If you’re a regular or heavy drinker, it can be dangerous to reduce or quit alcohol on your own.

Your GP can refer you to treatment such as detox, medication and even counselling to help manage withdrawal symptoms. You can also have a chat with one of our non-judgmental psychologists in Pascoe Vale, Julie Paschke and Jenny Ricketts

3. I’m giving up Netflix!

Do you find that the only exercise you do is reaching for the remote control? Is it time to give Netflix the flick?

The issue

When you have an inactive lifestyle, your health is affected in many ways. For example, you burn fewer calories (meaning you’re more likely to gain weight), you may lose muscle strength and endurance, your bones may get weaker, and your immune system may not work as well.

By not getting regular exercise, you raise your risk of things like obesity, heart disease, high blood pressure, high cholesterol, diabetes, osteoporosis, stroke – the list goes on.

What you can do

Challenge yourself this February to turn off the TV and get off the couch!

Some ideas to get you started: keep a diary of how many hours you’ve ‘saved’ by doing other activities, take the stairs instead of the lift, park your car a bit further away (forcing you to walk a little further), and give your dog two walks a day rather than one.

One of the best things you can do to get active – especially if you’re just starting out – is to have a chat with our exercise physiologist in Pascoe Vale, Mike Fitzsimon. Mike’s helpful approach will ensure you get that extra spring into your step.

Got any questions about your vices or don’t know where to start? Chat to your healthcare professional today.

 

Source: Febfast, MedlinePlus

Note: This information is of a general nature only and should not be substituted for medical advice. It does not replace consultations with qualified healthcare professionals to meet your individual medical needs.

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Find out about your risk of ovarian cancer at PVH Medical in Pascoe Vale.

Ovarian cancer – are you at risk?

Ovarian cancer is the deadliest women’s cancer. Unfortunately, this has not changed in 30 years.

Each year, over 1,500 women in Australia will be diagnosed with ovarian cancer.

February is Ovarian Cancer Awareness Month

Held annually in Australia, February is Ovarian Cancer Awareness Month.

It raises awareness of the signs and symptoms of ovarian cancer, highlights the risk factors, and educates people on this deadly disease.

What are some of the risk factors for ovarian cancer?

We don’t know the causes of most ovarian cancer. Research into the causes is continuing in Australia and overseas.

We do know that there are some factors that may increase a woman’s risk of developing this cancer, and that there are some protective factors that may reduce a woman’s risk.

Many women who develop ovarian cancer do not have any known risk factors — while many women who do have risk factors never develop this cancer.

Here are some of the risk factors:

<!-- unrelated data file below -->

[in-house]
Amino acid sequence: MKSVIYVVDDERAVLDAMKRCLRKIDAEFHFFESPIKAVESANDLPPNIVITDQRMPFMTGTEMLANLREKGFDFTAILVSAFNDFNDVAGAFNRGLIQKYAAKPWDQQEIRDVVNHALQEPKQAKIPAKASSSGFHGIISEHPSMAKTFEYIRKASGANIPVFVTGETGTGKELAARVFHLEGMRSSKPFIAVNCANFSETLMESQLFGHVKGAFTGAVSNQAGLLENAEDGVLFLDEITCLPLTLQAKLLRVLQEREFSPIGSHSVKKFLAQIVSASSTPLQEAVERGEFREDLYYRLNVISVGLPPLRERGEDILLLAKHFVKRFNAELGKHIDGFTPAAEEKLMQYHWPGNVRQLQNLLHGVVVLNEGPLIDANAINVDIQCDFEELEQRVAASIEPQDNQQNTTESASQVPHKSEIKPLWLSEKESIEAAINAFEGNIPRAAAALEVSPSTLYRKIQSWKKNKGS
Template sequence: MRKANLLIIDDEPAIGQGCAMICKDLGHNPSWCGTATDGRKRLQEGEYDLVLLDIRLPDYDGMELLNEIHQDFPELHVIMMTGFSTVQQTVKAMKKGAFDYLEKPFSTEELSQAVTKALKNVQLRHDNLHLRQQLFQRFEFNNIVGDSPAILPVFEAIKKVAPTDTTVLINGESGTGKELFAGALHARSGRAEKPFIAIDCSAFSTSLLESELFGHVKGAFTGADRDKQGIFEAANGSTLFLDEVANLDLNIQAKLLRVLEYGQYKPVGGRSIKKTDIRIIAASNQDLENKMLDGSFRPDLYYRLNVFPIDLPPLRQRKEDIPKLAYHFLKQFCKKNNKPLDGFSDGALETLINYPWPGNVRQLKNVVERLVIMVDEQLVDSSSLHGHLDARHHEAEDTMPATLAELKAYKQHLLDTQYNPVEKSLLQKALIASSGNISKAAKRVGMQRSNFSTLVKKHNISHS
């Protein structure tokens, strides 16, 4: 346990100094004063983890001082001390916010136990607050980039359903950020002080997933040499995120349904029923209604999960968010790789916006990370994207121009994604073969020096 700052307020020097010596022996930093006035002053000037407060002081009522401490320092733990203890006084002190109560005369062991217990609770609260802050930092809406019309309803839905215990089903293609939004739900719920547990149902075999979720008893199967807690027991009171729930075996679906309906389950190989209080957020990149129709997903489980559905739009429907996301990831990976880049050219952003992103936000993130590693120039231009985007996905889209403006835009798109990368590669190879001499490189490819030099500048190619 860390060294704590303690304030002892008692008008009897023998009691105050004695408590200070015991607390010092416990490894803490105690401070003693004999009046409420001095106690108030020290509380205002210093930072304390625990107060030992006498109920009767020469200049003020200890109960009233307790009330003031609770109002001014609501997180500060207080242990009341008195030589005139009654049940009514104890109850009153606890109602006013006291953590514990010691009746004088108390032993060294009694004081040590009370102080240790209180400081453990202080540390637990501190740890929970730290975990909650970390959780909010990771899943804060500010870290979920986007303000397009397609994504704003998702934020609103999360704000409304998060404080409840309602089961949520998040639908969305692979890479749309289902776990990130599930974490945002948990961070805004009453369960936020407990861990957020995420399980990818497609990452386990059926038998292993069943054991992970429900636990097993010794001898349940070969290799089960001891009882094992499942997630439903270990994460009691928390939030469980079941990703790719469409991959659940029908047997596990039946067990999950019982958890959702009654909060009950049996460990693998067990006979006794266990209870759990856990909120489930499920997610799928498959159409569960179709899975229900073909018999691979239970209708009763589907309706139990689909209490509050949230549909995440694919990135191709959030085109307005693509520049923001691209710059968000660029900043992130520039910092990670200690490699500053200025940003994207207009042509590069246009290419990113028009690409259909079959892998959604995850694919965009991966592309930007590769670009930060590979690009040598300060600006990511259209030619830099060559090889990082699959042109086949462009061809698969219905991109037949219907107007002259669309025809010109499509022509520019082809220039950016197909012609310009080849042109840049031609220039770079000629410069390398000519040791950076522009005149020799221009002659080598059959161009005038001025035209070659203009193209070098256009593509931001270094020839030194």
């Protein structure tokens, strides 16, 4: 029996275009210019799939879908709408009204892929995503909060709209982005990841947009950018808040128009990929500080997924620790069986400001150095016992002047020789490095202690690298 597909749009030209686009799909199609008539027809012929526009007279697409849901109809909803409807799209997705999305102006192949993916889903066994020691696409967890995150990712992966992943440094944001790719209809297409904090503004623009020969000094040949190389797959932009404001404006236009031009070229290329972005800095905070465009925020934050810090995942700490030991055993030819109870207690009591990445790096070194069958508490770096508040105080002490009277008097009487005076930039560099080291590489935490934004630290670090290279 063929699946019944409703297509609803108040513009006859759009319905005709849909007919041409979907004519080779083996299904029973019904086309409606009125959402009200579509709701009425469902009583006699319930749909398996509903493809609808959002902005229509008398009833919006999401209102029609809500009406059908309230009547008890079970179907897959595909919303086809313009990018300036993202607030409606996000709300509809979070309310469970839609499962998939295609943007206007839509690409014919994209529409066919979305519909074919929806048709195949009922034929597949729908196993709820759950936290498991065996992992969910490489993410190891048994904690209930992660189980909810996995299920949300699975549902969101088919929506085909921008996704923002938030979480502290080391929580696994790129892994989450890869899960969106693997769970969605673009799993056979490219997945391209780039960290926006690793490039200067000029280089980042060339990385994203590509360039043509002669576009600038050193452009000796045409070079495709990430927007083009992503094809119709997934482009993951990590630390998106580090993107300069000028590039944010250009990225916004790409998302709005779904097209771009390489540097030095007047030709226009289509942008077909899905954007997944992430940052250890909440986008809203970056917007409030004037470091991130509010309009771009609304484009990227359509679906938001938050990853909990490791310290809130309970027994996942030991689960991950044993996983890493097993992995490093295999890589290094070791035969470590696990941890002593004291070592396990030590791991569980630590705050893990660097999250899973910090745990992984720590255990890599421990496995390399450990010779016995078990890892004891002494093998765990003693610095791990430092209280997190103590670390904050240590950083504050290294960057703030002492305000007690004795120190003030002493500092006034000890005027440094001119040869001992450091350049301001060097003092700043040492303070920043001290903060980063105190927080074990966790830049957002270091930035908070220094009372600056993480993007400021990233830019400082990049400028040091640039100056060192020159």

• Age: ovarian cancer is most common in women over 50 and in women who have stopped menstruating (have been through menopause), and the risk increases with age. However, it can affect women of all ages.
  • Genetics and family history: if a woman has two or more relatives from the same side of her family affected by ovarian or other cancer, her risk of developing ovarian cancer may be increased. Genetics and family history are responsible for at least 15% of ovarian cancers.
  • Child-bearing history: women who have not had children, are unable to have children, have never used oral contraceptives or have had children over the age of 30, may be slightly more at risk. This is due to ovaries not having a ‘rest’ from the break and repair of the surface of the ovary when women ovulate each month.
  • Endometriosis: this condition is when the tissue lining the uterus (endometrium) is also found outside of the uterus.
  • Lifestyle factors: such as smoking, being overweight or eating a high-fat diet.
  • Hormonal factors: including early puberty (menstruating before 12) or late menopause (onset after 50).

What are the symptoms of ovarian cancer?

There is no early detection test, so all women need to be aware of the symptoms.

The most commonly reported symptoms for ovarian cancer are:

  • Increased abdominal size or persistent abdominal bloating
  • Abdominal or pelvic (lower tummy) pain
  • Feeling full after eating a small amount
  • Needing to urinate often or urgently.

Signs and symptoms of ovarian cancer

Some additional symptoms

  • Changes in bowel habits
  • Unexplained weight gain or loss
  • Excessive fatigue
  • Lower back pain
  • Indigestion or nausea
  • Bleeding after menopause or in-between periods
  • Pain during sex or bleeding after.

It’s important to remember all the symptoms mentioned can be caused by other, less serious medical conditions.

However, if you’re experiencing any of these symptoms, which are persistent and troublesome, you should see your Pascoe Vale doctor. They’ll be able to examine you and if necessary, do further tests to find the cause of your problems.

Make a booking today

To see if you’re at risk of ovarian cancer, or just for a general check-up, please make a booking today.

You can book online, on Facebook, on the Appointuit app or by calling 9304 0500.

 

Source: Ovarian Cancer Australia

Note: This information is of a general nature only and should not be substituted for medical advice. It does not replace consultations with qualified healthcare professionals to meet your individual medical needs.